An introduction to repetitive strain injury

If truth to be told, many individuals aren’t even aware of the term RSI (Repetitive Strain Injury). In fact, an RSI is not something that happens as instantly as a cut, bruise, or a broken bone. In general, RSI's happen gradually, and you may not even realize you are being injured until it's too serious. 

Repetitive Strain Injuries or RSIs is a specific term used to identify injuries that are caused due to a repetitive motion that is performed over a long period. In general, these injuries occur in or around the joints of the body. The pain from the injury will usually start to show itself as inflammation of the respective joint. 

The medical definition of RSI (Repetitive Strain Injury) is an injury of the musculoskeletal and nervous systems that may be caused due to repetitive tasks, forceful exertions, vibrations, mechanical compression (pressing against hard surfaces), or sustained and/or awkward positions.

In addition to that, RSI has several other names: 

  • Repetitive Stress Injury
  • Repetitive Motion Injury
  • Repetitive Motion Disorder
  • Cumulative Trauma Disorder
  • Occupational Overuse Syndrome
  • Overuse Syndrome
  • Regional Musculoskeletal Disorder

Repetitive Strain Injuries can also be caused by any activity (static or dynamic) that is performing with uniform repetition for an extended period consistently. This strongly suggests that the activity can range from turning a wrench the same direction all day to just sitting in an uncomfortable or unstable position for an extended period of time. In fact, the key ingredient to every cause is repetition. For instance, if you turn a wrench a few different times, that won't cause RSI. Also, if you sit on an uncomfortable chair for about 30 minutes accidentally will not be a reason for RSI to occur. However, if you use an uncomfortable computer chair for a couple of months, that can definitely lead to an RSI.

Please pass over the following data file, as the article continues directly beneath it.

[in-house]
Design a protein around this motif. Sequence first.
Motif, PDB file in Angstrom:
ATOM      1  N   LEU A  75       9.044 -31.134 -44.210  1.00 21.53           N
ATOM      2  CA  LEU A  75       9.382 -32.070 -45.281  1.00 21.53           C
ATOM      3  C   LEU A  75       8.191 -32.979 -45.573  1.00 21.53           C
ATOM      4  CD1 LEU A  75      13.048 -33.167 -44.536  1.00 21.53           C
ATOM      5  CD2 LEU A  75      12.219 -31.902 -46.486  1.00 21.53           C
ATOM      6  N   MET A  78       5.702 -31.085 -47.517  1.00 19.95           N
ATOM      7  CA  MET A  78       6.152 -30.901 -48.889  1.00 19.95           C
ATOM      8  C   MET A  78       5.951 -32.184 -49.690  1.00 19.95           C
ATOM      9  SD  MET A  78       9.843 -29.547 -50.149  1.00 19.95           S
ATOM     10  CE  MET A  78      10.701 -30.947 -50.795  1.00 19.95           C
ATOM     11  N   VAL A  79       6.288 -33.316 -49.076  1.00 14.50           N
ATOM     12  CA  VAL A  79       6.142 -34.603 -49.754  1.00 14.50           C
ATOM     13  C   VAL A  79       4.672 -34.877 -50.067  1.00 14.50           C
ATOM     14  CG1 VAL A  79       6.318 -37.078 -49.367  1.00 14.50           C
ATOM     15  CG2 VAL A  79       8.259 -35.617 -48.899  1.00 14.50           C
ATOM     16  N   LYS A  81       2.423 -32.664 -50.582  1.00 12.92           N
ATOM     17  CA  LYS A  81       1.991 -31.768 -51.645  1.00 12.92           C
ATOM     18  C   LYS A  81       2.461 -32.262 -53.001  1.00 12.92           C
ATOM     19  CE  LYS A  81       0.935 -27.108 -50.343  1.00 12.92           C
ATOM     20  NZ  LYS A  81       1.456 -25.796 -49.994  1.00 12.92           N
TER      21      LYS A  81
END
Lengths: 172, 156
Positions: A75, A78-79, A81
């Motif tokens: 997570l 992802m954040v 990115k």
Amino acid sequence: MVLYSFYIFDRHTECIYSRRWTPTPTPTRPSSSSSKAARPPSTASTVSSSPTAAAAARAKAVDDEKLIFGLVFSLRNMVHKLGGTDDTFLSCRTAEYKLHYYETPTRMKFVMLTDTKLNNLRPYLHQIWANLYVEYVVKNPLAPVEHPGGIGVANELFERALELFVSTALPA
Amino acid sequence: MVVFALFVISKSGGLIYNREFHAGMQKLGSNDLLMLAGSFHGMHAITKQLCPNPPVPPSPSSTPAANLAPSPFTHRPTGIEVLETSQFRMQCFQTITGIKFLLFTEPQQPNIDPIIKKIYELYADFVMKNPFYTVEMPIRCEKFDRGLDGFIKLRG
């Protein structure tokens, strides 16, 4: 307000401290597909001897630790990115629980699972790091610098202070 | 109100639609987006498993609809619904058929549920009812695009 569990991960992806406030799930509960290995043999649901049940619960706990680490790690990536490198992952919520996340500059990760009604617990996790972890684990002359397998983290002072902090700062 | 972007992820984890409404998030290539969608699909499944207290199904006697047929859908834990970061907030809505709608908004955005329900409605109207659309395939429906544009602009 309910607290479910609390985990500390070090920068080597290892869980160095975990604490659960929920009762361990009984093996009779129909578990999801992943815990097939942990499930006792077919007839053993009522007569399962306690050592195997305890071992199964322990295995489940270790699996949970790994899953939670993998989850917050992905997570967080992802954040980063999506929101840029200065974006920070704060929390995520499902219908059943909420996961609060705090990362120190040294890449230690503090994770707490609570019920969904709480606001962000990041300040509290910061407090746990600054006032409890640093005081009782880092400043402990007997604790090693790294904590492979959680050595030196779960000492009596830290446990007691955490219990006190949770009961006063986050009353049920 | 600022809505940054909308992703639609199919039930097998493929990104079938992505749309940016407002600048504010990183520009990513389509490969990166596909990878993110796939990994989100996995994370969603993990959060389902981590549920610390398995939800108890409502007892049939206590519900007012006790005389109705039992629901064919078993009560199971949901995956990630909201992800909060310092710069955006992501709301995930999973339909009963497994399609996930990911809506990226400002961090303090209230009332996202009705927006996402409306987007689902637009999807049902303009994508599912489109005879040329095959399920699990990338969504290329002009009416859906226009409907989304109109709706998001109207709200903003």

Pretty much all the Repetitive Strain Injuries are able to heal themselves only if there is ample rest given when the RSI begins. Well, the longer an RSI goes without getting time to heal, the more difficult it will be to cure it. If you leave RSI untreated it can persist for a couple of years and more importantly, it can get worse over time. This definitely leads to various injuries that have surgery at the only possible solution.

The most obvious and common treatment that is prescribed for Repetitive Strain Injuries is getting enough rest. The injured area of the body must be given the opportunity to heal on its own. In addition to getting enough rest, other treatments such as exercise, braces, and massage are suggested. Moreover, pain medications can be used to eliminate pain. However, the problem with this approach is that the pain will hide the RSI symptoms, and eventually it will lead the patient to return too early to activities that caused the injury.

If you are used to sitting in front of a computer for long hours on a regular basis, be sure to use an ergonomic chair with adequate support to the arm. Otherwise, RSIs will occur sooner or later.